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I would like to implement the page turn effect in Swing/AWT. The theory is pretty much explained here. My question is that since the page is to contain text, which is the correct swing/awt component to use? Also, to get a little deeper, how should I approach this problem? I mean I have the theory laid out before me, I know the tool I need to use, but I have never done anything like this with Swing/AWT, do I need to master all the minutiae of Swing/AWT to be able to do this?

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Accept some answers ;) –  Thomas Jungblut Oct 7 '11 at 13:28
This stack overflow question and answer pretty much explains the process: stackoverflow.com/questions/5660942/flip-book-in-java-swing –  Gilbert Le Blanc Oct 7 '11 at 14:34

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Whatever you do, you will have to implement your own drawing routines. As the text you intend to draw is going to not share most characteristics of the text drawn with other components (it will be angled, rotating over time, and clipped at a moving visible "edge" of the page), you will also have to draw the text.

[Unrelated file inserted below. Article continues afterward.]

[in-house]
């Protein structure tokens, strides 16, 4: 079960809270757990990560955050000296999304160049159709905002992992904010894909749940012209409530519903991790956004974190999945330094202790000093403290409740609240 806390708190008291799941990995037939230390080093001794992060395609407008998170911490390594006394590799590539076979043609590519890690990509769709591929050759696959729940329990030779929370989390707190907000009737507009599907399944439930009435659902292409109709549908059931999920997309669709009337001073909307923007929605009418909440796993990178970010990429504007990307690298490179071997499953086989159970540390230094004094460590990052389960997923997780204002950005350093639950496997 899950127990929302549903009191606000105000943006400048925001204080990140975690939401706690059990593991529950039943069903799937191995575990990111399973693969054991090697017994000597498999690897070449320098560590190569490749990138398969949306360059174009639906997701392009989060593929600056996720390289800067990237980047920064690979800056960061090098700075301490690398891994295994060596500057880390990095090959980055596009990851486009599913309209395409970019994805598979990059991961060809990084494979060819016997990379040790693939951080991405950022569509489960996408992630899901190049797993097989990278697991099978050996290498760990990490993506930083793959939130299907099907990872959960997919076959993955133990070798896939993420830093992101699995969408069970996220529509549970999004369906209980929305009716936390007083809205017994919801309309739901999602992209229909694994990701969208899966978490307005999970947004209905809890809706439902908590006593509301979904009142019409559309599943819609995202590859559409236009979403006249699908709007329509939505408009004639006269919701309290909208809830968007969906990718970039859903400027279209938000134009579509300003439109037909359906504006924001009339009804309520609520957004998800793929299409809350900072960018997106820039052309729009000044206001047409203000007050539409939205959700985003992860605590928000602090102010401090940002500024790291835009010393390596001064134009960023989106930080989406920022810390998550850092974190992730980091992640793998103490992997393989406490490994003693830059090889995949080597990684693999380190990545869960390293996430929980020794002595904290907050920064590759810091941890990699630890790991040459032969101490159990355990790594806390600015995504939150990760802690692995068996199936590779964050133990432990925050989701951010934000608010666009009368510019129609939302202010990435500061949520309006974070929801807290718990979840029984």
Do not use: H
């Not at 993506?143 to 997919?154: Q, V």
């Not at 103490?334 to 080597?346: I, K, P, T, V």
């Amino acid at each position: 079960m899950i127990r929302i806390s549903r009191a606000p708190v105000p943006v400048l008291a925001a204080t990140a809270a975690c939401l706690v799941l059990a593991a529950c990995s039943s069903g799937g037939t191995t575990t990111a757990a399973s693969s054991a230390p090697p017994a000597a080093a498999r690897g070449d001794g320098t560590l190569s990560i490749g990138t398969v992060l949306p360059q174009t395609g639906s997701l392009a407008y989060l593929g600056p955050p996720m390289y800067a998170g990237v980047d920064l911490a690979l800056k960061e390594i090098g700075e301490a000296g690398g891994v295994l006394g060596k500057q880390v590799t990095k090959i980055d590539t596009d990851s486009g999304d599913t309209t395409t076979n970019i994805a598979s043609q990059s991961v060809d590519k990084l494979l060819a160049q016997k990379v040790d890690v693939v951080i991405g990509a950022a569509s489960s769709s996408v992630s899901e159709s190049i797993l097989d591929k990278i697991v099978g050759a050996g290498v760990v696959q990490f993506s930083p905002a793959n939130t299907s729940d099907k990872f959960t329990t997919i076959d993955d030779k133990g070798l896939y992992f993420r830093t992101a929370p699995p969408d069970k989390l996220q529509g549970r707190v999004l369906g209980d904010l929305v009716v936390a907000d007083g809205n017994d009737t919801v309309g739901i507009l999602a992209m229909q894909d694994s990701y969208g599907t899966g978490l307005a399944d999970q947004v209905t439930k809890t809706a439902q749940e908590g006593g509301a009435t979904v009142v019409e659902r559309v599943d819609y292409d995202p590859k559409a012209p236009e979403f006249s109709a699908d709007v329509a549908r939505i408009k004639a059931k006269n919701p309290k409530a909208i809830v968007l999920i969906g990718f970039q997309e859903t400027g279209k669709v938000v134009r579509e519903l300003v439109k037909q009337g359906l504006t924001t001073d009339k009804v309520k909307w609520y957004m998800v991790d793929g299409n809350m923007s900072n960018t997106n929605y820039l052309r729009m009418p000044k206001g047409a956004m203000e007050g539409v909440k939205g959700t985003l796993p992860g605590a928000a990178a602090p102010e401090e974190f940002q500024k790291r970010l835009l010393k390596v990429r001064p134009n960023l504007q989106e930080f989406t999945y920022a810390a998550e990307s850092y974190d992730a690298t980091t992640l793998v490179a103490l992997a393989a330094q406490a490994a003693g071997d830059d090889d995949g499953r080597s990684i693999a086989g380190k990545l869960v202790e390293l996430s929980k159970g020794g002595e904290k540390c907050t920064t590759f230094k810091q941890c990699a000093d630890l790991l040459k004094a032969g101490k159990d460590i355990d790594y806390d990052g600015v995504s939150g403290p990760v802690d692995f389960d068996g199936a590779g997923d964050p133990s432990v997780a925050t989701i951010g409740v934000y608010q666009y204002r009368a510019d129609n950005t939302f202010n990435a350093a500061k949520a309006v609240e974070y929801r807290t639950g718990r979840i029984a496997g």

In SWING, and in all non-console programs the text is drawn to the screen as would any graphics primitive. It takes a bit of learning; especially in the details of line spacing, letter spacing, word wrapping, etc.

That means I'd consider a new swing UI component. Here's how to write custom painting for one. Depending on the details, you may want to reuse a model. Generally it is easier to only write a view than a view and a model at the same time; however, you must balance the needs of the view with the suitability of the existing model.

If you choose an existing model, the Document interface is what you should code your view against. You can take your lead from the JTextPane or JTextArea view components, depeding on if you want the ability to "add style" to your text.

Don't forget that the view actually doesn't do the painting in a well structured Swing component. If it did, then it would not be able to be skinned (to follow the platform's theme). This means that while you will provide a Swing view (typically with a name pattern like JPagedBook), that view will have to be coupled to a UIDelegate which does the actual drawing of the view. This allows multiple UIDelegates for each view, with each UIDelegate containing the instructions of how to render (draw) the view in a manner that is consistent with the look-and-feel of the platform.

The biggest issues around this is typically the extra work involved to properly support look-and-feel, and the lack of knowledge of proper UIDelegate registration (so when the view draws, it finds something that will draw it). It's worth the extra few hours (or couple of days if GUI component programming is sort of new to you) to make it work like the rest of Swing. In the end you'll have a component that doesn't feel like a "separate" part of the library.

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